A Major Container Shipping Line is Bankrupt; Worries for Christmas

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"Hanjin is sparking fears among retailers in the U.S. and elsewhere during the busy holiday-stocking season. There could be “millions of dollars” of goods stranded, according to the National Retail Federation." Wall Street Journal, September 2, 2016

Batten down the hatches; they're is going to be a reduction in container ship capacity that could impact the coming Christmas selling season. Hanjin Shipping, a Korean container ship company, has announced its entry into receivership, a form of Chapter 11 Bankruptcy.  Hanjin is in the top 10 in terms of its cargo capacity and number of vessels.  It is said to be the largest ever bankruptcy of a container ship company and as a result Its ships are being seized.

To give you a picture of its potential impact, here are headlines from two cities most impacted by the Hanjin situation, Seattle and Los Angeles:

"Bankruptcy of Hanjin, key Port of Seattle customer, worries retailers"

The Seattle Times, September 1, 2016

"Hanjin bankruptcy disrupts shipping at L.A. and Long Beach ports"

The Los Angeles Times, September 1, 2016

According to an article on the Legacy Supply Chain Services website: "Major Shipping Line Files Bankruptcy: How This Impacts Global Transportation": "Immediately, vessel space becomes very tight- and is only heightened by shippers heading into peak season. As a result of reduced capacity,  prices are up and capacity is down."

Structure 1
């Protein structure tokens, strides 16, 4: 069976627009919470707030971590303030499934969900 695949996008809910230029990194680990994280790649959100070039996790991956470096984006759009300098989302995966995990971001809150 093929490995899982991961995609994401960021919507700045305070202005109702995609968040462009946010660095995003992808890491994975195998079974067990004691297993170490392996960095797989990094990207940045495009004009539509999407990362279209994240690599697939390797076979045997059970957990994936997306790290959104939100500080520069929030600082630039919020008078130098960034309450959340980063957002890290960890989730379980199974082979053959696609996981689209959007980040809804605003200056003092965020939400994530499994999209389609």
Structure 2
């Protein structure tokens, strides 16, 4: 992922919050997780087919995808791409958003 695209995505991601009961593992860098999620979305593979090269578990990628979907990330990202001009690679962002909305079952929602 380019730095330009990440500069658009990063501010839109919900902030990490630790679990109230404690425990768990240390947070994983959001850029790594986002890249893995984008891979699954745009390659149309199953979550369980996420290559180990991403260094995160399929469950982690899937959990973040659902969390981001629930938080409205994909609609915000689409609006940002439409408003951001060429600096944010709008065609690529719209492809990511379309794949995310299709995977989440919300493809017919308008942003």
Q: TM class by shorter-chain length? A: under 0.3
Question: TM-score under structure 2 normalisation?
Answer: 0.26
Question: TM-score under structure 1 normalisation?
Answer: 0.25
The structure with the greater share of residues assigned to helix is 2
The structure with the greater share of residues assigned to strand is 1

Here is how San Francisco Chronicle writer, Thomas Lee, puts it in his article, "Hanjin's bankruptcy spells big trouble for holiday retailers":

Retailers depend on shipping firms like Hanjin in South Korea to deliver goods like clothing and furniture manufactured in Asia. But the economic uncertainty surrounding Hanjin’s future means ships are at sea, unable to dock at ports like Long Beach because the companies that operate the terminals are worried they won’t get paid.

The bankruptcy results from a glut of container ships. As a result, the impact will more than likely be short term. In the meantime, I think we are going to see retailers making earlier buying decisions so they can secure container space. My best advice is: If you are a toy or play company, check with your retail buyer asap and learn what contingencies they are planning. 

 

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